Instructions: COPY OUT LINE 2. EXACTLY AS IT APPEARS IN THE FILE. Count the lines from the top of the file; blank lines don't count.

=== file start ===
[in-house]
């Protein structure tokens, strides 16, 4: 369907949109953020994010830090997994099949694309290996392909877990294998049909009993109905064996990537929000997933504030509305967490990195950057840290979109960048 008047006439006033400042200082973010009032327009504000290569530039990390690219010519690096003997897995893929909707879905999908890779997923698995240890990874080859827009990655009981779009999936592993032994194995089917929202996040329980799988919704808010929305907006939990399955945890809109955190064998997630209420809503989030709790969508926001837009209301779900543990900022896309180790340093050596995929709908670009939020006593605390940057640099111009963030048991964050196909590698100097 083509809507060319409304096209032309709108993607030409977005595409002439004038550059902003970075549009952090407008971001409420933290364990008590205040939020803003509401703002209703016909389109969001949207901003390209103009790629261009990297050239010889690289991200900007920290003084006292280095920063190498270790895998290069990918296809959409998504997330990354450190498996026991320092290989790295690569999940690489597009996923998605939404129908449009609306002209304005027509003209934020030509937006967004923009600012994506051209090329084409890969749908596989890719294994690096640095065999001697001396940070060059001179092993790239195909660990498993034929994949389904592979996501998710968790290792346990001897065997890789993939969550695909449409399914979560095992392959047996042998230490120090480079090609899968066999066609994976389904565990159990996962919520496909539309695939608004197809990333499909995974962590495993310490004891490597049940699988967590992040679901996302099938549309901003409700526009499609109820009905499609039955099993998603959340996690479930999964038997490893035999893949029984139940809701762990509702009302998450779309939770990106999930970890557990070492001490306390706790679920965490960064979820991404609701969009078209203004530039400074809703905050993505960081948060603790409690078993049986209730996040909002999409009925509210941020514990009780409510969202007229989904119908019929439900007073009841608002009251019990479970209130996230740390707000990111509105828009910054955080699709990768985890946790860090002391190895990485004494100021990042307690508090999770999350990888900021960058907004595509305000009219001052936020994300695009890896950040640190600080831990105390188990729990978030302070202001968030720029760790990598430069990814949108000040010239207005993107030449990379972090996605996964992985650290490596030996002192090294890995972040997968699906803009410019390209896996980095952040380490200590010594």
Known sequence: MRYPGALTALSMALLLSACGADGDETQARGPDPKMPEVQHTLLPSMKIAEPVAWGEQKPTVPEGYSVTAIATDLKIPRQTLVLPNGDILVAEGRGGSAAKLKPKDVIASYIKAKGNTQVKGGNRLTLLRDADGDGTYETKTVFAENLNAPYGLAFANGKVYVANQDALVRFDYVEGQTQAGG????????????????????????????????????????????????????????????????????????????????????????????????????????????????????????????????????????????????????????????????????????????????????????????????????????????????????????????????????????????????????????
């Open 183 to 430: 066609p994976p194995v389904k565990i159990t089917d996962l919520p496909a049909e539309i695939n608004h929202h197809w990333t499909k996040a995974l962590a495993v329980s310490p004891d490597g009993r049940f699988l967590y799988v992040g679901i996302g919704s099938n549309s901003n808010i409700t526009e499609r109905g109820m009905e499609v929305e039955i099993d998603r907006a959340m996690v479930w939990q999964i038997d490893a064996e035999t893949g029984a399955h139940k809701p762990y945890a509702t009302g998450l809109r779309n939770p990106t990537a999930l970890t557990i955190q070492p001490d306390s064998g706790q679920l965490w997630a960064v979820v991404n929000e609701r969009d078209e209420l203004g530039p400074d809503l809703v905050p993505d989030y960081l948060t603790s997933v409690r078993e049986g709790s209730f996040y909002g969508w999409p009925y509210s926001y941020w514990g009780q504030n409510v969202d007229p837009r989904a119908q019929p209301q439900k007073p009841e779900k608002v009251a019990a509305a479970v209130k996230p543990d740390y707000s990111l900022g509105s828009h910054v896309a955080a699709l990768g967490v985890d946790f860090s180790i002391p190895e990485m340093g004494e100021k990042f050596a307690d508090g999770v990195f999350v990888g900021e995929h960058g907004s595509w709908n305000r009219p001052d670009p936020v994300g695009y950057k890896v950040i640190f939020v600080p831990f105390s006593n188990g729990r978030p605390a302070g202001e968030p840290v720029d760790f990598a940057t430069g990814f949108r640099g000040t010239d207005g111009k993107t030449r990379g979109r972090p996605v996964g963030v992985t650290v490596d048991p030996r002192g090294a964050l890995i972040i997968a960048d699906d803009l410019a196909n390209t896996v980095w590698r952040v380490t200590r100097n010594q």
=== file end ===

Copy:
């Protein structure tokens, strides 16, 4: 369907949109953020994010830090997994099949694309290996392909877990294998049909009993109905064996990537929000997933504030509305967490990195950057840290979109960048 008047006439006033400042200082973010009032327009504000290569530039990390690219010519690096003997897995893929909707879905999908890779997923698995240890990874080859827009990655009981779009999936592993032994194995089917929202996040329980799988919704808010929305907006939990399955945890809109955190064998997630209420809503989030709790969508926001837009209301779900543990900022896309180790340093050596995929709908670009939020006593605390940057640099111009963030048991964050196909590698100097 083509809507060319409304096209032309709108993607030409977005595409002439004038550059902003970075549009952090407008971001409420933290364990008590205040939020803003509401703002209703016909389109969001949207901003390209103009790629261009990297050239010889690289991200900007920290003084006292280095920063190498270790895998290069990918296809959409998504997330990354450190498996026991320092290989790295690569999940690489597009996923998605939404129908449009609306002209304005027509003209934020030509937006967004923009600012994506051209090329084409890969749908596989890719294994690096640095065999001697001396940070060059001179092993790239195909660990498993034929994949389904592979996501998710968790290792346990001897065997890789993939969550695909449409399914979560095992392959047996042998230490120090480079090609899968066999066609994976389904565990159990996962919520496909539309695939608004197809990333499909995974962590495993310490004891490597049940699988967590992040679901996302099938549309901003409700526009499609109820009905499609039955099993998603959340996690479930999964038997490893035999893949029984139940809701762990509702009302998450779309939770990106999930970890557990070492001490306390706790679920965490960064979820991404609701969009078209203004530039400074809703905050993505960081948060603790409690078993049986209730996040909002999409009925509210941020514990009780409510969202007229989904119908019929439900007073009841608002009251019990479970209130996230740390707000990111509105828009910054955080699709990768985890946790860090002391190895990485004494100021990042307690508090999770999350990888900021960058907004595509305000009219001052936020994300695009890896950040640190600080831990105390188990729990978030302070202001968030720029760790990598430069990814949108000040010239207005993107030449990379972090996605996964992985650290490596030996002192090294890995972040997968699906803009410019390209896996980095952040380490200590010594």